By JONATHAN THON | June 07 2016

There are, of course, nuances to formulating a budget, and it’s highly advisable to consult with someone who is experienced and understands the politics of the department you are applying to before committing. To help, I’ve asked my friend Damien Wilpitz of Experimental Design Consulting to contribute a number of articles on the details of […]

By DAVID KENT | May 25 2016

In December of this year, a very interesting law comes into effect in the United States. In an effort to address unfair overtime hours across the country, the new law makes it illegal for people to work unpaid overtime hours if their salary is below (a surprisingly high) threshold of $47,476. As our readers have […]

By JONATHAN THON | May 19 2016

There are, of course, nuances to formulating a budget, and it’s highly advisable to consult with someone who is experienced and understands the politics of the department you are applying to before committing. To help, I’ve asked my friend Damien Wilpitz of Experimental Design Consulting to contribute a number of articles on the details of […]

By DAVID KENT | May 12 2016

Last week, I stumbled across a Princeton professor’s oddly entitled “CV of failures” (PDF) and obviously I fancied a click-through to give it a look. It, and its accompanying introduction from Johannes Haushofer, were a good read and an even better reality check. As he says in this introduction, “failures are often invisible” and I […]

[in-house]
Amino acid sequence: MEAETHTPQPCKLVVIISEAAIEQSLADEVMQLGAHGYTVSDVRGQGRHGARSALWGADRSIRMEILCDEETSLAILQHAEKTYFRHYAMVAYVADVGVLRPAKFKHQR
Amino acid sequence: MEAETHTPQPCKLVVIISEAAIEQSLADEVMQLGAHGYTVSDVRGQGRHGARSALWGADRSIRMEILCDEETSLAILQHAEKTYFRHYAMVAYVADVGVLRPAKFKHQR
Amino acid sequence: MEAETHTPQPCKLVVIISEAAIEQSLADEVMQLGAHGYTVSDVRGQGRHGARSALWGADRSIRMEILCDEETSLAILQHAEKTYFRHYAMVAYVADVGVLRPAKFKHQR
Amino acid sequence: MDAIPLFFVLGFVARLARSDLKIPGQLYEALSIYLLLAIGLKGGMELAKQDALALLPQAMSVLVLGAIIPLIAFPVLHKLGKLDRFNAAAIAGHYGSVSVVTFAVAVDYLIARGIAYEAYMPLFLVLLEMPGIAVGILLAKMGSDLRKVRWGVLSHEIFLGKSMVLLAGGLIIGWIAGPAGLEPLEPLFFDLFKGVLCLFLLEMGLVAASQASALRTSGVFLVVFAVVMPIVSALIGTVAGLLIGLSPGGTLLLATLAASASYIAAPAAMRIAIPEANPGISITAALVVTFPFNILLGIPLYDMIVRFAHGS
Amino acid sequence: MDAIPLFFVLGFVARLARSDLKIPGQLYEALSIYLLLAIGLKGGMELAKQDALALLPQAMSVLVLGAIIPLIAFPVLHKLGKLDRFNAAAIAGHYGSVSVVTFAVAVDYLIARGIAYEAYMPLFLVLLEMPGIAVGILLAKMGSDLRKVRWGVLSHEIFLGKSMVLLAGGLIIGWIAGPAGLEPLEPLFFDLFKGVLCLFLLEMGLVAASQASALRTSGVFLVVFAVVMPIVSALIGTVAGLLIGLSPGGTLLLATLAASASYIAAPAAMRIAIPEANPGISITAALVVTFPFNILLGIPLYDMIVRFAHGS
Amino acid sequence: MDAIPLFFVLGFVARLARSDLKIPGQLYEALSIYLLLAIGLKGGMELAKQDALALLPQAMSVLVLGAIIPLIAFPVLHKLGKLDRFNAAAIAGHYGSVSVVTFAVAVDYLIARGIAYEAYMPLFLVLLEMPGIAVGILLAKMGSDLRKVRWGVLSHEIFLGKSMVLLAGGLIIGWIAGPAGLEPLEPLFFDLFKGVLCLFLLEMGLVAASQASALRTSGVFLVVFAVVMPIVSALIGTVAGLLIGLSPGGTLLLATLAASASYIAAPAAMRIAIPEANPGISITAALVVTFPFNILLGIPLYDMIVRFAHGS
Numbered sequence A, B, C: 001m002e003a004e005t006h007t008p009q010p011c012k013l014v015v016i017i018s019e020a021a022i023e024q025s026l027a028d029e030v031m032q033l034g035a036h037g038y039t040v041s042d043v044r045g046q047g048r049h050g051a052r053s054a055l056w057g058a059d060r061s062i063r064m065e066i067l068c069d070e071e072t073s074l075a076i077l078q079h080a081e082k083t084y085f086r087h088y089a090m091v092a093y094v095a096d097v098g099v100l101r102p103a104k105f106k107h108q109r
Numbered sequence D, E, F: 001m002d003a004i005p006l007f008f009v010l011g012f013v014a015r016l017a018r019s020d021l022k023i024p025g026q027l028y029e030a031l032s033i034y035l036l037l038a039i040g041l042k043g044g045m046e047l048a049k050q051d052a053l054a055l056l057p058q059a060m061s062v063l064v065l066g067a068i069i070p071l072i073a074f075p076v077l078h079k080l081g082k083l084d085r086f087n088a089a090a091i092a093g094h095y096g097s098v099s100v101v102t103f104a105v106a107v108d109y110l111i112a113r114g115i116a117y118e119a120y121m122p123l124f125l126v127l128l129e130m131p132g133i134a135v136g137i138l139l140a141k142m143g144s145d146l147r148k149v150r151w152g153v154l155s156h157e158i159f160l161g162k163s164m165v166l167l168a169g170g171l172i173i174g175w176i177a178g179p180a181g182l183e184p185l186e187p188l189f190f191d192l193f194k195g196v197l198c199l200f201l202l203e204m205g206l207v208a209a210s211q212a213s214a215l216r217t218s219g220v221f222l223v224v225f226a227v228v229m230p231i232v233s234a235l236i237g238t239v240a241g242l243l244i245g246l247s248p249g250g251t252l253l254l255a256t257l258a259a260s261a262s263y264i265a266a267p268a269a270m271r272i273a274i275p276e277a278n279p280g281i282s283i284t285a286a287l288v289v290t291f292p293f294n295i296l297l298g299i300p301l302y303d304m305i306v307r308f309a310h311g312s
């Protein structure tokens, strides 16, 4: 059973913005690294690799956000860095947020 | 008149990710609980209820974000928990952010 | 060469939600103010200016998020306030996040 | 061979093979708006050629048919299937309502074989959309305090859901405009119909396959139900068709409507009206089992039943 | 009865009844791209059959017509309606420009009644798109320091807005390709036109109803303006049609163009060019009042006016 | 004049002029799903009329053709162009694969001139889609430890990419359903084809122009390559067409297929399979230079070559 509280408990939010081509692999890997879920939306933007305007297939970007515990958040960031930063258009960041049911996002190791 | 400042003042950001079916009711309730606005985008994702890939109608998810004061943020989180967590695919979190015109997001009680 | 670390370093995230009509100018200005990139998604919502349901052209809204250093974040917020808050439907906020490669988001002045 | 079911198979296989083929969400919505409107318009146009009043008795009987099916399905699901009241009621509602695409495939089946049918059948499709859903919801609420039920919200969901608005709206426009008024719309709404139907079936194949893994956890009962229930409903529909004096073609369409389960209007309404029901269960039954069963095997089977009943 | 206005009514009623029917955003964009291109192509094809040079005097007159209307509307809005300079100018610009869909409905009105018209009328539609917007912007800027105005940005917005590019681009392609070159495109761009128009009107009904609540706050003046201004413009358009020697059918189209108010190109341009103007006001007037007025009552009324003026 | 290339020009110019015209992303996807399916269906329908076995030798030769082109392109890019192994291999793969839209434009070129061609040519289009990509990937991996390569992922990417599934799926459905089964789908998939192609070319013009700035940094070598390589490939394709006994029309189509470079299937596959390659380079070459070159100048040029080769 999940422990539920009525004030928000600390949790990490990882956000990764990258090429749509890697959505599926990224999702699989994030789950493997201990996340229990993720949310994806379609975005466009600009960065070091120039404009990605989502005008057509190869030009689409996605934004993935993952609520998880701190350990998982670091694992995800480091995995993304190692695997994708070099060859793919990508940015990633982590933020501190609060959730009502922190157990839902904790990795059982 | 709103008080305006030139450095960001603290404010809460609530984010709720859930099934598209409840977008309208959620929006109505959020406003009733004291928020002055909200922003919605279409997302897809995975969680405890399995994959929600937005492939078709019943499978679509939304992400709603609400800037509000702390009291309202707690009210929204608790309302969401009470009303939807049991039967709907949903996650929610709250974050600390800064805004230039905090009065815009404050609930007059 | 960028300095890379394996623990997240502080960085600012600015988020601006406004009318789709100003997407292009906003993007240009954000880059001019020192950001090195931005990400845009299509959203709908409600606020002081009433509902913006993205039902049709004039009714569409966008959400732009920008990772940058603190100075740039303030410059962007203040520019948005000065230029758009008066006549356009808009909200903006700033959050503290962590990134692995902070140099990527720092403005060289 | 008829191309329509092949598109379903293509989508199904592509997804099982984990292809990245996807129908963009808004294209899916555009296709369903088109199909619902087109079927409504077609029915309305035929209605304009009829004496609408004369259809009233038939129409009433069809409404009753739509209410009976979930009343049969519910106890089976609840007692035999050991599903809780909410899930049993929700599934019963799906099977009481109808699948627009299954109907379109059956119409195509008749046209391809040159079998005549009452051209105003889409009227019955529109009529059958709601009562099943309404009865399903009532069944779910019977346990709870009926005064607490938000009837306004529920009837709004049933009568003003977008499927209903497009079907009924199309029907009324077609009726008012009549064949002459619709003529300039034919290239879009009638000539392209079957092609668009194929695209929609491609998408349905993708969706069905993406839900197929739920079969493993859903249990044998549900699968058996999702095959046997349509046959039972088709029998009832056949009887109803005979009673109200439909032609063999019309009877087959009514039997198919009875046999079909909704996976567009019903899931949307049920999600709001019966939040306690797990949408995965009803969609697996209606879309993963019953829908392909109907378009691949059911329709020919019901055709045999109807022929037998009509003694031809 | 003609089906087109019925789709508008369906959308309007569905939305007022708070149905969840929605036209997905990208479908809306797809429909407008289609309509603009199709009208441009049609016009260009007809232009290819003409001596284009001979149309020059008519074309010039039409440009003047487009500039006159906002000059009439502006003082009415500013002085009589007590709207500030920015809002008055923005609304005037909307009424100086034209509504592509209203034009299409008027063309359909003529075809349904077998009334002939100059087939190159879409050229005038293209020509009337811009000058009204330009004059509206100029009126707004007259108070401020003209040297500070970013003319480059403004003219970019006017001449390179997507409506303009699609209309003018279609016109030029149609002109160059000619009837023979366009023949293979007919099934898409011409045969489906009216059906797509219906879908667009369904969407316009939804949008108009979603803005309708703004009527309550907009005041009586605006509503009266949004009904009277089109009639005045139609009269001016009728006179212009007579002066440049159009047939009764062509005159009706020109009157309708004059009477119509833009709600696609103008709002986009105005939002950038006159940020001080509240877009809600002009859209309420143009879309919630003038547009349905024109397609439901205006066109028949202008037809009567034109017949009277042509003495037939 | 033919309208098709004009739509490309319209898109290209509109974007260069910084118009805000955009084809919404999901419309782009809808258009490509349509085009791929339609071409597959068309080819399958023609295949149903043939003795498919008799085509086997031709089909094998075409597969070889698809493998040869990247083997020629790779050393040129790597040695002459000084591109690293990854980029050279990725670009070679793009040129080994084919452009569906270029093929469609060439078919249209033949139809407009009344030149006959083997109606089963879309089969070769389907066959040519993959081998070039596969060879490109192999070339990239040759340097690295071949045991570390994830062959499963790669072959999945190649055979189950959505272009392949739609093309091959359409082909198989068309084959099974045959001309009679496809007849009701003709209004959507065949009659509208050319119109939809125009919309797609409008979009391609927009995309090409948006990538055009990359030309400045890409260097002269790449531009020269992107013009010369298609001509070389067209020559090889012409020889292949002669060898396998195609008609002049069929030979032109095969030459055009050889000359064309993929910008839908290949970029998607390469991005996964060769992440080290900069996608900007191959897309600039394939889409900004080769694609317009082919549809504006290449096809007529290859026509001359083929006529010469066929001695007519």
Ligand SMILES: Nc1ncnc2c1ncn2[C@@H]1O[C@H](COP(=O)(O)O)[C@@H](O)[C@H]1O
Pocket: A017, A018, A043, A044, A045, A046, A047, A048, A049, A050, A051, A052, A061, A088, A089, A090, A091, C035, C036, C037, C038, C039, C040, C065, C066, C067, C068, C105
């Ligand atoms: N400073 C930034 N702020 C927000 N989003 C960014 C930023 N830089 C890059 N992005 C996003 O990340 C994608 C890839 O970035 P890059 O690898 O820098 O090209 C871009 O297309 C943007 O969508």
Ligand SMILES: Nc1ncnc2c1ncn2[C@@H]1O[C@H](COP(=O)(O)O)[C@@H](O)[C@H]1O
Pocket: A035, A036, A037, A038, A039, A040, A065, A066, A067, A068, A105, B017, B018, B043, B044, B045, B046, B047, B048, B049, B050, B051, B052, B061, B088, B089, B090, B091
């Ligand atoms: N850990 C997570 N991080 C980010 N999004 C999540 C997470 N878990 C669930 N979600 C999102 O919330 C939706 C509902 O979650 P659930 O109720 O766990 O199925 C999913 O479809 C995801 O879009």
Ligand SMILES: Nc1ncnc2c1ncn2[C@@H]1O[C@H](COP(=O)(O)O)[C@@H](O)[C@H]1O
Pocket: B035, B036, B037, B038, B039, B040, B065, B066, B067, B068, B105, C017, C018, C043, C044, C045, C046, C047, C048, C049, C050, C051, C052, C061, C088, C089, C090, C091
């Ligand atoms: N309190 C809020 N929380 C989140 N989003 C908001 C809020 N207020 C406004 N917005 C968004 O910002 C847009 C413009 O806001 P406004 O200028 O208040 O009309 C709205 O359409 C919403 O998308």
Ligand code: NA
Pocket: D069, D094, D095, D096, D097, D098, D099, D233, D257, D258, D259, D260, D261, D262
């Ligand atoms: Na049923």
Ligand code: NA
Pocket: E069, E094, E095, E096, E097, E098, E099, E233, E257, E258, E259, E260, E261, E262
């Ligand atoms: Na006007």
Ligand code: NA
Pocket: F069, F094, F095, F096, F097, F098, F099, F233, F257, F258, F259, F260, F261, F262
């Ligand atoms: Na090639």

By JONATHAN THON | May 02 2016

In this guest post, Damien Wilpitz details how to negotiate a start-up package that reflects your needs.

By DAVID KENT | April 26 2016

David Kent breaks down an eLife article that suggests peer review scores cannot distinguish very good grants from excellent grants. In fact, at a certain point in the process, it is pretty much a random lottery.

By JONATHAN THON | April 18 2016

“If the facts don’t fit the theory, change the facts.” – Albert Einstein   “In any dispute the intensity of feeling is inversely proportional to the value of the issues at stake … That is why academic politics are so bitter.” – Wallace Stanley Sayre (Sayre’s law) To read the previous articles in this series […]

By DAVID KENT | April 11 2016

Before I get into recapping the last few months of activity on the blog, I want to make a plea to all Canadian postdocs to fill out the 2016 survey of Canadian Postdoctoral Fellows. Last time (in 2013), the survey made big waves capturing the views of nearly 2,000 Canadian postdoctoral fellows. Major findings included that […]

By JONATHAN THON | March 31 2016

The most difficult thing is the decision to act, the rest is merely tenacity. The fears are paper tigers. You can do anything you decide to do. You can act to change and control your life; and the procedure, the process is its own reward. – Amelia Earhart To read the previous articles in this […]

By DAVID KENT | March 21 2016

Over the past few months I have been doing some semi-regular teaching at the undergraduate level. It’s been a while since I have taught, aside from an odd lecture here or there. However, one thing has become very clear to me: the further I go in research, the less I’m meant to teach the next […]